Wisconsin Partnership Program Recognized as Outstanding Community Partner by Marshfield Clinic Health System
The Wisconsin Partnership Program at the University of Wisconsin School of Medicine and Public Health was recently recognized by Marshfield Clinic Health System as one its 2022 Outstanding Partners in Community Health. The awards were announced on January 20, 2023.
The awards recognize individuals and organizations who have worked closely with the health system’s Center for Community Health Advancement to address the most pressing community health needs within the system’s service area.
In 2018, with grant funding from the Wisconsin Partnership Program for the initiative Connecting Clinics, Campuses, and Communities to Advance Health Equity, Marshfield Clinic Health System launched the Community Connections Team to improve health outcomes by helping individuals address unmet social needs and underlying factors that contribute to poor health outcomes.
“The Wisconsin Partnership Program is a foundational partner in the development and support of the Community Connections Team project, a hallmark Social Determinants of Health and Health Equity Program for the Center for Community Health Advancement,” said Darcy Vanden Elzen, director of community health for the health system. “The program, which helps individuals improve their health and quality of life by connecting them with local resources to meet their needs, would not exist without the grant support to launch and establish the program.”
The initiative is funded by a five-year $1 million Community Impact Grant from the Wisconsin Partnership Program and seeks to empower communities and strengthen the future health care workforce through the Community Connections team. The project trains community volunteers and students from UW–Eau Claire and UW–Stevens Point to connect patients with community services including food, energy, housing, and transportation.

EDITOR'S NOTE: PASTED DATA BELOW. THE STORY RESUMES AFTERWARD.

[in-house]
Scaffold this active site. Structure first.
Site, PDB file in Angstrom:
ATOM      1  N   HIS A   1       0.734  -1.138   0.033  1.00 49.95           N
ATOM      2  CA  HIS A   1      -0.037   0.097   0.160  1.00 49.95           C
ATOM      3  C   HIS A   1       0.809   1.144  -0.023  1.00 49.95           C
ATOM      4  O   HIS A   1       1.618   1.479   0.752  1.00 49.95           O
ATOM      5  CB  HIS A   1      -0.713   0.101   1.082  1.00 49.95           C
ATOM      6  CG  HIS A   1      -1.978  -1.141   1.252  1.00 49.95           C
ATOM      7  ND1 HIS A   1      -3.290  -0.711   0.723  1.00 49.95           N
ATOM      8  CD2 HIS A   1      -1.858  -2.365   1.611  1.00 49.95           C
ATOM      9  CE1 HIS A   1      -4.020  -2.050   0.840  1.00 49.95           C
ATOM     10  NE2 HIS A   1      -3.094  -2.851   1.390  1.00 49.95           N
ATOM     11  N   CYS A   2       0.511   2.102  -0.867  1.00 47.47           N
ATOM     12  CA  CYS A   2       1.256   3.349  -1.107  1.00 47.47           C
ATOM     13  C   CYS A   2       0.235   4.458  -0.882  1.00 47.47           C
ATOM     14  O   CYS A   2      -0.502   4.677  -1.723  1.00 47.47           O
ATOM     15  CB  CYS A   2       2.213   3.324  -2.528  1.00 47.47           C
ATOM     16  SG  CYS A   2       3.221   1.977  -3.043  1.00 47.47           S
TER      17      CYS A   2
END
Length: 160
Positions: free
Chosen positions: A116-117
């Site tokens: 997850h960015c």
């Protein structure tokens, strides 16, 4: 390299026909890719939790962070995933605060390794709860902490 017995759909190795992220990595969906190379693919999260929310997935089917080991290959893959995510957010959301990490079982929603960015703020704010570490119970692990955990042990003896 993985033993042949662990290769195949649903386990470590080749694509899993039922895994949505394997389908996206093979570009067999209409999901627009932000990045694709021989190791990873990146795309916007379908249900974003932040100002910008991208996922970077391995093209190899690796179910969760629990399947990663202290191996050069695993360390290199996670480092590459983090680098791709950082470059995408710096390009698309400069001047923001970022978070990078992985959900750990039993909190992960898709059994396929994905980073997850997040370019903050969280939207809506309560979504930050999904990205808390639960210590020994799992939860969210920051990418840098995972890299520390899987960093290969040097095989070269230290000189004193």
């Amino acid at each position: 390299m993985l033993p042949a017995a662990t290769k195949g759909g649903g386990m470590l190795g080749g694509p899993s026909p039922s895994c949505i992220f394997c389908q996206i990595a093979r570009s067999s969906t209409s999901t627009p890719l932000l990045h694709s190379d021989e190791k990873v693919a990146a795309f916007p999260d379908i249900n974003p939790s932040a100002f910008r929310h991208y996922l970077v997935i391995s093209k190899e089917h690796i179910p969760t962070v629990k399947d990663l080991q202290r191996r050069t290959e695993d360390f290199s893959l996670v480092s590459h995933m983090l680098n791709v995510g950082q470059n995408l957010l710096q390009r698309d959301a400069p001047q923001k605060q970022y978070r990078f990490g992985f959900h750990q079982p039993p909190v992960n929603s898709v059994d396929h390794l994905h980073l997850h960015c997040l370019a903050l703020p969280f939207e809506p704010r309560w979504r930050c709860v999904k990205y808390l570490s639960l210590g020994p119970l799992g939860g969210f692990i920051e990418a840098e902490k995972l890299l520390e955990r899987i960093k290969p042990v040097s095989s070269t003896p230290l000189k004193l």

“The Wisconsin Partnership Program is honored to have been selected as a 2022 Marshfield Clinic Health System Outstanding Partner in Community Health,” said Amy Kind, MD, PhD, associate dean for social health sciences and programs at the School of Medicine and Public Health, and executive director, Wisconsin Partnership Program.
“Decades of research have shown the power social determinants hold over health. Factors including socioeconomic status, neighborhood and physical environment, education, and employment influence health outcomes across an array of conditions, including high blood pressure, diabetes, and heart disease. We are pleased to be able to support the important work moving forward through the Community Connections Team project, improving health of the people of Wisconsin and aligning with our vision of a healthier Wisconsin for all,” said Kind.